• Case studies of large national cotton consumers

    Chapter 6 - Market profiles - South Africa 

    Frame Textiles

    The Frame Group is one of the largest textile and textile related product manufacturers in Southern Africa, with plants situated in KwaZulu Natal and the Western Cape of South Africa. Frame Spinning Mills is the largest spinning operation in Southern Africa, comprising 8 spinning mills situated in Ladysmith and New Germany, KwaZulu-Natal. This division produces over 34,000 tons of short staple yarn per annum. Products range from 100% combed cotton and carded cotton yarns, to cotton blends, polyester viscose, 100% acrylic and various mélange type yarns.

    Frame Textiles only purchase cotton from within the SADC region to avoid paying the R1.60 tariff that cotton from other sources attracts. Over the last eight years since the agreement has been in place, Frame has developed a good relationship with suppliers within SADC and logistically and quality wise, the regional suppliers are well suited as suppliers to the South African market.

    The downside of purchasing from regional suppliers is that their seasons are virtually identical to South Africa's cotton season which means that Frame cannot always negotiate upliftments during May, June and July. For this reason it would be good to have an alternate source provided that the price and availability were right.

    Frame purchase specific cottons for specific buyers. Generally, the company purchase cotton with a staple fibre length of 11/8 inch which is hand-picked. The company would look at 11/16 inch as sometimes fabrics are over-engineered.

    Frame Textiles will only purchase via recognised cotton merchant who are members of the International Cotton Association.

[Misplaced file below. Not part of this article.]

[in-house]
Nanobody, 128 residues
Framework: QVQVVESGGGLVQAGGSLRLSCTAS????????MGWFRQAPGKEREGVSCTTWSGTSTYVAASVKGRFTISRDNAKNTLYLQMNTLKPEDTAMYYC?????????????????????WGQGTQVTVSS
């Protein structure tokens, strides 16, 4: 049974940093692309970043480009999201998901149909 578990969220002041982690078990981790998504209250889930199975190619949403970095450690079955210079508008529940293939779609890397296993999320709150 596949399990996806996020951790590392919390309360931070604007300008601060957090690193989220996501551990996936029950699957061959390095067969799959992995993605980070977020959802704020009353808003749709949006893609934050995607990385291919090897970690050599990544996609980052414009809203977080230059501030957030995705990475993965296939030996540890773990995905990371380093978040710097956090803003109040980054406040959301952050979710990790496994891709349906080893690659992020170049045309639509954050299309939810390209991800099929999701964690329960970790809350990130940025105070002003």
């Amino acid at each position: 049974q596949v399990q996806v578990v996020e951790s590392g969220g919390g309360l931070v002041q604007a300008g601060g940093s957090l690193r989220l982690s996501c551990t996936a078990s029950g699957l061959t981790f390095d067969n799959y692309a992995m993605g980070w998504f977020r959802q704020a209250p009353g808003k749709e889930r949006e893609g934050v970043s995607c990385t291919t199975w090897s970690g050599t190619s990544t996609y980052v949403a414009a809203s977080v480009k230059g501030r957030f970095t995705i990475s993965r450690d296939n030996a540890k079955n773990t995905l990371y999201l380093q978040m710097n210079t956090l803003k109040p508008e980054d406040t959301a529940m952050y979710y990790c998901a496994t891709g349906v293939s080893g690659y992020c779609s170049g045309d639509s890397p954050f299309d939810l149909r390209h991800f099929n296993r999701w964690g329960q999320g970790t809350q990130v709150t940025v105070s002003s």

Cargill has been active in South Africa since 1995 and has over 100 employees in the country. The company's South African operations are headquartered in Johannesburg. Cargill is involved in cotton ginning in South Africa through its acquisition in 2006 of Clark Cotton's cotton ginning business including its three gins in South Africa.

    Cargill contract directly with cotton growers in the sub-Saharan region to get cotton grown which is then ginned at Cargill Ginneries. The company then supply the cotton lint to the large spinning operations in South Africa. Contracting directly with farmers allows Cargill to control in some way the faming principals used to grow the cotton which ultimately dictates quality.

    The company buys cotton according to the specifications of the spinners that they supply. This means that they deal in a wide range of staples and grades, from A through to BSG. Generally Cargill struggles with cotton supply in the region as it is negatively affected by the maize price: as the maize price increases, regional supply of cotton declines. 
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    Cotton Exporter's Guide

    Brochure - African cotton promotion
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